“I was literally head over heels.”
“We’ve been here for literally forever.”
“Oh my god, Taylor Swift’s new album, I’m literally dying.”
When teenage girls first started saying “literally” in the place of “like,” I was upset. The English language is so near and dear to my heart that it was emotionally difficult for me to see a perfectly good word appropriated in such a meaningless way. However, as time went on — I shudder to say it — I started using it, too. I don’t know if you know how hard it is to resist a cultural tide like this, but it’s literally impossible. (That was a joke. Sort of. It creeps into my vocabulary when I least expect it.) In the end, I am basically a teenage girl; it’s only in my nature.
So, after reading many, many articles condemning popular use of “literally,” I decided to actually look up the definition of the word. When googling “literally,” two definitions come up: 1. In a literal manner or sense; exactly. 2. Used for emphasis or to express strong feeling while not being literally true.
This irked me incredibly, and rekindled my hatred for the word. How can “literally” literally mean “not literally”? But then, I considered the source. Not that Google isn’t the paragon of truth and goodness, but sometimes, it’s not. So, I searched further — in the Oxford English Dictionary — because, call me old-fashioned, it just sounds more legit than Google.
Other than the original sense — the opposite of figuratively — OED also defines “literally” as follows: “Used to indicate that some (frequently conventional) metaphorical or hyperbolical expression is to be taken in the strongest admissible sense: ‘virtually, as good as’; (also) ‘completely, utterly, absolutely’.”
Another glorious detail that the OED provides is the word’s history of usage. Lo and behold, the first use of “literally” in this non-literal manner was in 1769! My dear reader, this is an important point because the Internet is littered with articles with titles such as, “Have We Literally Broken the English Language?” “Misuse of Literally Makes Me Figuratively Insane,” even the blunt, “Stop Saying ‘Literally.’” But, centuries before Beliebers and iCarly-watchers “literally couldn’t even,” Frances Brooke wrote The History of Emily Montague, considered to be Canada’s first novel. On page 73, Brooke writes, “He is a fortunate man to be introduced to such a party of fine women at his arrival; it is literally to feed among the lilies.”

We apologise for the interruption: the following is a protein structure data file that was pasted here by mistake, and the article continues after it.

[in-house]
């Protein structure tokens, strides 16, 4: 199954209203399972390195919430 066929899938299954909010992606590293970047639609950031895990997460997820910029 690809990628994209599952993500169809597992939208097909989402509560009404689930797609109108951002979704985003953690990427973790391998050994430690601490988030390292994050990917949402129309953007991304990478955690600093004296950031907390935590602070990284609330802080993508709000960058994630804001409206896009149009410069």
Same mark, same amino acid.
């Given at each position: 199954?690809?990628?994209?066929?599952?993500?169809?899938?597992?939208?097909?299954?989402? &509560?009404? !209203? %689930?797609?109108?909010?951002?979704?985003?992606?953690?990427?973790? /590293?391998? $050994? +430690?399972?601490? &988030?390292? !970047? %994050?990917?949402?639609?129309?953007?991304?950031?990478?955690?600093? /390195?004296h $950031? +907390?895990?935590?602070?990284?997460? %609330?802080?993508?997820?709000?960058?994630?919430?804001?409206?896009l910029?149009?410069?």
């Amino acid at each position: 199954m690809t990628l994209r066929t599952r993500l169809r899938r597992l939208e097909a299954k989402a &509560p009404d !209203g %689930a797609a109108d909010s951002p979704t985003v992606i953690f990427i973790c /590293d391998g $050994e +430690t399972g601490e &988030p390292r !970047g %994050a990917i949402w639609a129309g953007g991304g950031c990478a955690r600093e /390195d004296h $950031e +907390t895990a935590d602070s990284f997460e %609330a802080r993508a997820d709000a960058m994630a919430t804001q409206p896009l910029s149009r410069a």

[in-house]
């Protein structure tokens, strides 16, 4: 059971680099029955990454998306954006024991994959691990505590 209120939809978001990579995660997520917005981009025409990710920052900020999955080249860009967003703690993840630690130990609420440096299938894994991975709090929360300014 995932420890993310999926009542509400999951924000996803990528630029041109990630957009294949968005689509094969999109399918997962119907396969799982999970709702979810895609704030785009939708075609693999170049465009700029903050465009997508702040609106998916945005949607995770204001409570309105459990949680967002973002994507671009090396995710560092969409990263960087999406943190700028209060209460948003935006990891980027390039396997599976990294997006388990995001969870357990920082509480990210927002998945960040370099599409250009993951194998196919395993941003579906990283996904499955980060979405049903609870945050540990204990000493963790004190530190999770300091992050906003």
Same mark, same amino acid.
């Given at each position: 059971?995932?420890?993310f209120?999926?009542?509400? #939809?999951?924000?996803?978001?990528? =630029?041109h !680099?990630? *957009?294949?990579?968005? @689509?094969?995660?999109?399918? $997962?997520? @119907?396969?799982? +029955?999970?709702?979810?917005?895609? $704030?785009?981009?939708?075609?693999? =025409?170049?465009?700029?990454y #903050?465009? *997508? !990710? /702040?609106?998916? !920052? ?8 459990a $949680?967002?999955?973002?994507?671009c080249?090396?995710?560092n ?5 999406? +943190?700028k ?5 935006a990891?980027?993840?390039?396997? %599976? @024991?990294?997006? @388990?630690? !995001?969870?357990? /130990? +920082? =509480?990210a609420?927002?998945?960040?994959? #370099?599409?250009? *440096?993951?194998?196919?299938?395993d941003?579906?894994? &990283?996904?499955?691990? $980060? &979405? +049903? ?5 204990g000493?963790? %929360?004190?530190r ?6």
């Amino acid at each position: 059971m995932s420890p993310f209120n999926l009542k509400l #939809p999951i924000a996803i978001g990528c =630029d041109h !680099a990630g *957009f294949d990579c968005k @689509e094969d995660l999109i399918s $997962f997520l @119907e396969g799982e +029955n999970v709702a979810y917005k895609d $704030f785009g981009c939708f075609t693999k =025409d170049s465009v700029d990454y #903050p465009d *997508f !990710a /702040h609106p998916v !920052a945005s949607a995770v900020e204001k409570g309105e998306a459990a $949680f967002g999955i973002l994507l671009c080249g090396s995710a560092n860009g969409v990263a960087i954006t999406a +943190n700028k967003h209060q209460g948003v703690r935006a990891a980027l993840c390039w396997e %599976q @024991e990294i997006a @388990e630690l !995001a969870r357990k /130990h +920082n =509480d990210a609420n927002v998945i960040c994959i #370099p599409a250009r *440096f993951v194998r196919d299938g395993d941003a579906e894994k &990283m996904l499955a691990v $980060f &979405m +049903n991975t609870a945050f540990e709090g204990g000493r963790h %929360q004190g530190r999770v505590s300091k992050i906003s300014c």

And so, I rest my case. Is it annoying when people say literally to fill the spaces between their disjointed words and thoughts? Yes. Am I jealous of how adorable Augustus Waters is in The Fault in Our Stars when he and Hazel discuss literality? Yes. But, is the use of the word literally in and of itself objectionable in this un-literal context? I must admit, begrudgingly, that the answer is no.
When I pitched the idea for this column to some of my friends, they all told me not to write it. But then I watched Season Two of Parks and Recreation, in which Chris Traeger, the prince of “literally,” is portrayed by the wonderfully fantastic and beautiful Rob Lowe. In response to the idea of a low-calorie calzone, Chris says, “That idea is literally the best idea I’ve ever heard.” I’m not sure if this is a “correct” use of literality, since a low-cal calzone does indeed seem like one of the best ideas ever. However, thanks to this moment, I discovered that “literally” is simply another expression of hyperbole, akin to any other youthful colloquialism of any other decade. The “totally” of the modern era.
It is a dangerous business to criticize other people’s use of language, as is evidenced here, where I think I used “literally” about 500 times in the 700 words (rough estimate). While I was perusing the Internet for critiques of “literally,” I found more than a couple pointing out that young women are frequently the agents of change in our language. For example, the fact that we now say “like” instead of “um” or “uh” to fill pauses in our speech is a linguistic invention of teenage girls. Instead of hating on teenage girls (who came up with the very phrase “hating on”), how about a little respect for their linguistic power?
In conclusion, I think Mark Twain said it best in The Adventures of Tom Sawyer, after Tom tricks everyone into painting his fence: “When the middle of the afternoon came, from being a poor poverty-stricken boy in the morning, Tom was literally rolling in wealth.” Roll on, Tom, roll on.